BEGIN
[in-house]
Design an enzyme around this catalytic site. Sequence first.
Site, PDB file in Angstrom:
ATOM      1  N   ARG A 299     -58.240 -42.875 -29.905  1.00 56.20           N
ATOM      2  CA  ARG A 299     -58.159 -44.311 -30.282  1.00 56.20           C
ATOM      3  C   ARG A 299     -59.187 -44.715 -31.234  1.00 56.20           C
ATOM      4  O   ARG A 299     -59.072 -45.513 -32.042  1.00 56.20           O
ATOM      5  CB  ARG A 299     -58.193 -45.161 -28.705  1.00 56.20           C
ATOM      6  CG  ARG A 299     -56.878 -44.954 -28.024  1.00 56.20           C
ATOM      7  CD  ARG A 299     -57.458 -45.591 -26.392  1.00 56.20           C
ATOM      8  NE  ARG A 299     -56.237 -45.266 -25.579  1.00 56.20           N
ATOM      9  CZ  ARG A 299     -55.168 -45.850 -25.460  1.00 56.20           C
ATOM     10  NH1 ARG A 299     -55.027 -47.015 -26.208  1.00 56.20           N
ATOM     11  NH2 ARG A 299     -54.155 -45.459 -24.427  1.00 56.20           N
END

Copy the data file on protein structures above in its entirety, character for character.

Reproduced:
[in-house]
Design an enzyme around this catalytic site. Sequence first.
Site, PDB file in Angstrom:
ATOM      1  N   ARG A 299     -58.240 -42.875 -29.905  1.00 56.20           N
ATOM      2  CA  ARG A 299     -58.159 -44.311 -30.282  1.00 56.20           C
ATOM      3  C   ARG A 299     -59.187 -44.715 -31.234  1.00 56.20           C
ATOM      4  O   ARG A 299     -59.072 -45.513 -32.042  1.00 56.20           O
ATOM      5  CB  ARG A 299     -58.193 -45.161 -28.705  1.00 56.20           C
ATOM      6  CG  ARG A 299     -56.878 -44.954 -28.024  1.00 56.20           C
ATOM      7  CD  ARG A 299     -57.458 -45.591 -26.392  1.00 56.20           C
ATOM      8  NE  ARG A 299     -56.237 -45.266 -25.579  1.00 56.20           N
ATOM      9  CZ  ARG A 299     -55.168 -45.850 -25.460  1.00 56.20           C
ATOM     10  NH1 ARG A 299     -55.027 -47.015 -26.208  1.00 56.20           N
ATOM     11  NH2 ARG A 299     -54.155 -45.459 -24.427  1.00 56.20           N